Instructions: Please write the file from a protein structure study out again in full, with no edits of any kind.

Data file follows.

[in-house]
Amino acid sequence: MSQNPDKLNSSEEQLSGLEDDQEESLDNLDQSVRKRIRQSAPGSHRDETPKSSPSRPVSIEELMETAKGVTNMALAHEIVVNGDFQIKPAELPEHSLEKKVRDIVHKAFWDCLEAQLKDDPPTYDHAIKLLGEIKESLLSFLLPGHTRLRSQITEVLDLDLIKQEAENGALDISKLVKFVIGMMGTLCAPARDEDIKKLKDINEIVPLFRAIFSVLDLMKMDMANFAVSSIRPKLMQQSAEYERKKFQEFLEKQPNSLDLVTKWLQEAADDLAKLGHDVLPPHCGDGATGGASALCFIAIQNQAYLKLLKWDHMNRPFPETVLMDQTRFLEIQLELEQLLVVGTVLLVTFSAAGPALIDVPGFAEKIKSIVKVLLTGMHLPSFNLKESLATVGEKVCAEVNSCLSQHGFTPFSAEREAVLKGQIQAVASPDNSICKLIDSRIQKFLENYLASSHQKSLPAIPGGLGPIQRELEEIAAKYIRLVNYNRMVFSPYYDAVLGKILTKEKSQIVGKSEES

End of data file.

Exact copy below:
[in-house]
Amino acid sequence: MSQNPDKLNSSEEQLSGLEDDQEESLDNLDQSVRKRIRQSAPGSHRDETPKSSPSRPVSIEELMETAKGVTNMALAHEIVVNGDFQIKPAELPEHSLEKKVRDIVHKAFWDCLEAQLKDDPPTYDHAIKLLGEIKESLLSFLLPGHTRLRSQITEVLDLDLIKQEAENGALDISKLVKFVIGMMGTLCAPARDEDIKKLKDINEIVPLFRAIFSVLDLMKMDMANFAVSSIRPKLMQQSAEYERKKFQEFLEKQPNSLDLVTKWLQEAADDLAKLGHDVLPPHCGDGATGGASALCFIAIQNQAYLKLLKWDHMNRPFPETVLMDQTRFLEIQLELEQLLVVGTVLLVTFSAAGPALIDVPGFAEKIKSIVKVLLTGMHLPSFNLKESLATVGEKVCAEVNSCLSQHGFTPFSAEREAVLKGQIQAVASPDNSICKLIDSRIQKFLENYLASSHQKSLPAIPGGLGPIQRELEEIAAKYIRLVNYNRMVFSPYYDAVLGKILTKEKSQIVGKSEES